Innovative teaching and learning approaches that promote the development of sustainable agricultural
Maina, J. G. I.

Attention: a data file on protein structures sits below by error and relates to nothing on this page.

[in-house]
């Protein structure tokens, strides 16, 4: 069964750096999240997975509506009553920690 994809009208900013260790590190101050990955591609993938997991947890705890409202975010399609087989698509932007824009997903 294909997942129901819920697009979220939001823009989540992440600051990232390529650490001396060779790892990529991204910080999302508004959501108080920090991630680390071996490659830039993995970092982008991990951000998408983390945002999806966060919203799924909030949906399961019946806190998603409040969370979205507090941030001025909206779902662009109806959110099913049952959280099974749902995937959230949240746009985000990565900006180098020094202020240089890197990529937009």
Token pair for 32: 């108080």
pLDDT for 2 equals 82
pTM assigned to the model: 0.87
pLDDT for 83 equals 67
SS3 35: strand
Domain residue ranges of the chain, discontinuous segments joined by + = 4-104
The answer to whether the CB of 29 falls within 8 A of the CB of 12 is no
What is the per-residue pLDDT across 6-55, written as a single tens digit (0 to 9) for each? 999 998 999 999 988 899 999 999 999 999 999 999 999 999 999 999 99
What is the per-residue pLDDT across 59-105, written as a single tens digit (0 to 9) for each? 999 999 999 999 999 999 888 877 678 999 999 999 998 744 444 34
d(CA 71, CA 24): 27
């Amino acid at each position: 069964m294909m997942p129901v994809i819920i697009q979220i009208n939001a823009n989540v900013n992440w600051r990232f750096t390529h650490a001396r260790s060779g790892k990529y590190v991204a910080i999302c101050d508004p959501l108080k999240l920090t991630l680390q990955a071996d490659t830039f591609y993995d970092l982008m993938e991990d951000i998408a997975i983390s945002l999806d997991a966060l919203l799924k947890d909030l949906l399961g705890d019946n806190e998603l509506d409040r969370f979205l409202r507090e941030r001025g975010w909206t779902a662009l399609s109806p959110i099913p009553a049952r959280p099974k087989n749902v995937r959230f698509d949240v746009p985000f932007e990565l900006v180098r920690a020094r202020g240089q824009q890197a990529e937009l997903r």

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Transforming agricultural education in Universities is critical to enable them to contribute to the realization of Vision 2030 for the agriculture sector. Since the mid 1980's faculties of agriculture have experienced changes that include reduced government funding, reduced student enrolment, increased competition for students, and changes in the role of government as the traditional employer for Agricultural graduates. Universities must therefore respond to these changes by designing relevant and responsive curricula using appropriate delivery methods responsive to the changing demands of sustainable production systems and market driven economies. Graduates require knowledge, skills, attitudes and professional competencies to enable them effectively engage rural cornrnunities in developing innovative solutions to their complex problems. To achieve these objectives there is need to develop student centred learning systems that reward innovative and adaptable graduates. This demands a paradigm shift from dyadic transfer of information to experiential and problem-based learning approaches. A study was done to evaluate teaching-learning strategies used by lecturers in two universities, Nairobi and Egerton. The objectives of the study were to assess the lecturer's perceptions and understanding of experiential learning and problem based learning. The study also sought to determine the instructional methods used in he universities and evaluate adequacy of teaching - learning resources. A cross sectional research design was used and data was collected using questionnaires and document analysis. Majority of the lecturers had no formal training on teaching methodologies and were not aware of the contents of the ISO 9001 :2008 document on teaching standards. The study showed that lectures were the main instruction method used, and large classes and inappropriate classroom infrastructure made it difficult to use other instructional methods. Further, the lecturers understanding of experiential learning was quite diverse, in most cases showing a lack of understanding of the concept. There is need to retool and equip staff with the appropriate skills and provide the necessary infrastructure and resources to facilitate lecturers to adapt student centred teaching-learning approaches.